The NSW Government has announced a $1.2 million upgrade of Lismore Base Hospital’s mental health unit as part of a statewide program.
And while the upgrades consist mostly of the ‘refurbishment’ of existing facilities, the government says its intention is to ‘reduce, and where possible eliminate, the use of seclusion and restraint in NSW acute mental health facilities’.
The comment is a veiled reference to the death of Miriam Merten in the Lismore hospital’s mental health unit in 2014, which sparked a coronial inquiry, an independent review and a parliamentary inquiry into matter.
The hospital’s Tallowwood acute unit will receive $810,000 for refurbishing bedrooms, bathrooms, kitchen facilities, lounge areas and waiting areas, as well landscaping courtyards while the Kamala unit will receive $394,000 for refurbishing bedrooms, bathrooms and the laundry, modifying the sensory room, purchasing new furniture and landscaping courtyards.
Lismore MP Thomas George (Nationals) said that ‘well-designed physical spaces in acute mental health units help dignify our mental health consumers (sic) by meeting their needs for recovery, security, and connection’.
‘The funding will create therapeutic environments to support person-centred care that responds to past trauma, focusing on individual recovery.’
Money for old Tweed hospital
The Tweed Hospital will also benefit from the government’s largesse, despite being around two years away from being permanently closed.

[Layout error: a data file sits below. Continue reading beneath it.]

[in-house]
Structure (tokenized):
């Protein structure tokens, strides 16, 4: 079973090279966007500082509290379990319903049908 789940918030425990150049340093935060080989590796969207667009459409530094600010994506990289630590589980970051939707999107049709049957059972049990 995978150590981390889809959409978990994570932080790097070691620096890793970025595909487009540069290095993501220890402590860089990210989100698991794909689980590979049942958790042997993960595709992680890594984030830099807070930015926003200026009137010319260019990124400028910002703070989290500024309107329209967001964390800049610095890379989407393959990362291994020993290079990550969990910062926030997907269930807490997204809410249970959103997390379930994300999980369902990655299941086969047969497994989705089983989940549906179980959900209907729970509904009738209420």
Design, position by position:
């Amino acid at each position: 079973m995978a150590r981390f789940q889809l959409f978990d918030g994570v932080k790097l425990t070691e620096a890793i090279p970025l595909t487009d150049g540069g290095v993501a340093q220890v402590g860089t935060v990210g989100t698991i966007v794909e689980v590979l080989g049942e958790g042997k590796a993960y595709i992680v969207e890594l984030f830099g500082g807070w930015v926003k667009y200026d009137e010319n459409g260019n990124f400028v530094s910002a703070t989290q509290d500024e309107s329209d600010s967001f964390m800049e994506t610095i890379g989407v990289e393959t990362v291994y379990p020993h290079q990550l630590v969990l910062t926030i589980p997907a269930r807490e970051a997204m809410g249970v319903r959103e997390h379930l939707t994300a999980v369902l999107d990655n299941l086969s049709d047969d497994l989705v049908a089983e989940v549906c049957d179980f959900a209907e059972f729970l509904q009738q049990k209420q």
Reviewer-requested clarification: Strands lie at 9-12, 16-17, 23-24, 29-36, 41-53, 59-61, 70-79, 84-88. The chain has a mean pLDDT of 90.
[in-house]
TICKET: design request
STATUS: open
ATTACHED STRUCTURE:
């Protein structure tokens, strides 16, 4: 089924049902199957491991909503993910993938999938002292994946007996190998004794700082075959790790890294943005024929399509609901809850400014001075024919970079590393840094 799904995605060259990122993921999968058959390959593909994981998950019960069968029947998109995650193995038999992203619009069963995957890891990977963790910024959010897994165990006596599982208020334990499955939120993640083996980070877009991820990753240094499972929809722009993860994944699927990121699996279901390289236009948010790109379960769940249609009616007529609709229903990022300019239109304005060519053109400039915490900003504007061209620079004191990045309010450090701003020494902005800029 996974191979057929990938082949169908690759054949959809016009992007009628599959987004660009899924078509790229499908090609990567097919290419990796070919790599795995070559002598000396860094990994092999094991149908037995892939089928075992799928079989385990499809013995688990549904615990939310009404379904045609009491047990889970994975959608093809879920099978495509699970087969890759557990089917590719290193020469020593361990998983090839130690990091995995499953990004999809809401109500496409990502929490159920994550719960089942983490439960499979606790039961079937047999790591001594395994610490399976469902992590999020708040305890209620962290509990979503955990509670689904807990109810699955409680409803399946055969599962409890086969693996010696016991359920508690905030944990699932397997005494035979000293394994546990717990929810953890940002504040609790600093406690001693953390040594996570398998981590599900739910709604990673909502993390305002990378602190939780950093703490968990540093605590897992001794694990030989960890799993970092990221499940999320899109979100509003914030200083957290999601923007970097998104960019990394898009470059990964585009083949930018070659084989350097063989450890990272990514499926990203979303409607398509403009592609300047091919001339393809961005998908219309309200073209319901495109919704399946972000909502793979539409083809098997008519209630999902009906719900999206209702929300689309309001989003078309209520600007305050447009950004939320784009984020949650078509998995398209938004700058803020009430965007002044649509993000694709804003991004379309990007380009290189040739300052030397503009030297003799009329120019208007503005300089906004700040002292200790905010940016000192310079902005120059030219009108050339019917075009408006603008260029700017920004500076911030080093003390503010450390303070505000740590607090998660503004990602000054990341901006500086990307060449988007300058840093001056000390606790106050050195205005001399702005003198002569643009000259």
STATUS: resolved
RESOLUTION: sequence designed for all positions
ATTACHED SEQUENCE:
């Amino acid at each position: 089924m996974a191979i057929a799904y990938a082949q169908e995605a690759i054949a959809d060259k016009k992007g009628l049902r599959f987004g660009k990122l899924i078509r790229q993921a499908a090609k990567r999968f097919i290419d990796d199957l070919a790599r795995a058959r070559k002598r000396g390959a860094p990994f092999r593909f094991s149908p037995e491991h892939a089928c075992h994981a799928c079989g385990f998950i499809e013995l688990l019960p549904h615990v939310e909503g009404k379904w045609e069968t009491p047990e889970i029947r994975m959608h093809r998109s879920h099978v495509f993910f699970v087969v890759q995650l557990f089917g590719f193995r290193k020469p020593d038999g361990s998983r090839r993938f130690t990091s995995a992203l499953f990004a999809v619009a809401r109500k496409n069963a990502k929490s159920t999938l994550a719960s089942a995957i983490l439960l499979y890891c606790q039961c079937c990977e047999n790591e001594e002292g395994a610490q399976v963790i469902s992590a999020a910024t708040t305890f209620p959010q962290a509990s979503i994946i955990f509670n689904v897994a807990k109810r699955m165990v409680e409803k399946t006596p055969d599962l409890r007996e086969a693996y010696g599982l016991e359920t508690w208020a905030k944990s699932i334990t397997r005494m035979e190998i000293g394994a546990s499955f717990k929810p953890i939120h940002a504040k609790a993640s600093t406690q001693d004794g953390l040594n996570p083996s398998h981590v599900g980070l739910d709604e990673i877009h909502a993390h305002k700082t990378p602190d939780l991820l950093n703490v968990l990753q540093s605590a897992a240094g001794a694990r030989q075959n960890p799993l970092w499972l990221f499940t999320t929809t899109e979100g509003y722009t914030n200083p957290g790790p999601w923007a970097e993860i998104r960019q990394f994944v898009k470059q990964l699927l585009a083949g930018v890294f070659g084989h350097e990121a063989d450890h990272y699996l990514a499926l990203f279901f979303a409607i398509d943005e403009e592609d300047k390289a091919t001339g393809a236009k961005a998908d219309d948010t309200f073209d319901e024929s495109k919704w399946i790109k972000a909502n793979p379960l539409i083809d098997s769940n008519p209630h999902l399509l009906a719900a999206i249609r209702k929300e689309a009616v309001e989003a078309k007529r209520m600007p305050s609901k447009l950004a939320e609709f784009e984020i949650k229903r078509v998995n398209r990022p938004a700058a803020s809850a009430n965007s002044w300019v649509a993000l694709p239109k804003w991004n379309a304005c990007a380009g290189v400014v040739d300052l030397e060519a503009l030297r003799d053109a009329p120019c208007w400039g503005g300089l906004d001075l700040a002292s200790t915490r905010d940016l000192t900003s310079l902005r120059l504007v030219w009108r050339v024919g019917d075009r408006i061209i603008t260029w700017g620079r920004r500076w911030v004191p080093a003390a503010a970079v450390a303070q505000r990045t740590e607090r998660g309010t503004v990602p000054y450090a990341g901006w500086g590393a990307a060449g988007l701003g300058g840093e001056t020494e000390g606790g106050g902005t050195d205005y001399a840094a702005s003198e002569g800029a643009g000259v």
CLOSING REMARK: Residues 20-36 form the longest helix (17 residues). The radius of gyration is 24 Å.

‘The Tweed Hospital’s Kurrajong acute unit will receive $600,000 for refurbishing wards, building a new gym, creating a sensory room, designing a media room and a quiet family room, improving activities areas, landscaping courtyards and purchasing new furniture,’ Tweed MP Geoff Provest (Nationals) said.
Minister for Mental Health Tanya Davies said the ‘important improvements’ were ‘the first initiative of the NSW Government’s $700 million Mental Health Infrastructure program’.
‘This is part of the NSW Government’s long-term plan to help our mental health facilities refresh their physical environment so they support modern care models.
‘The $20 million investment is focused on delivering immediate benefits to help reduce, and where possible eliminate, the use of seclusion and restraint in NSW acute mental health facilities,’ Mrs Davies said
If you or someone you know needs crisis support please call Lifeline 13 11 14. For local mental health services phone NSW Mental Health Line 1800 011 511.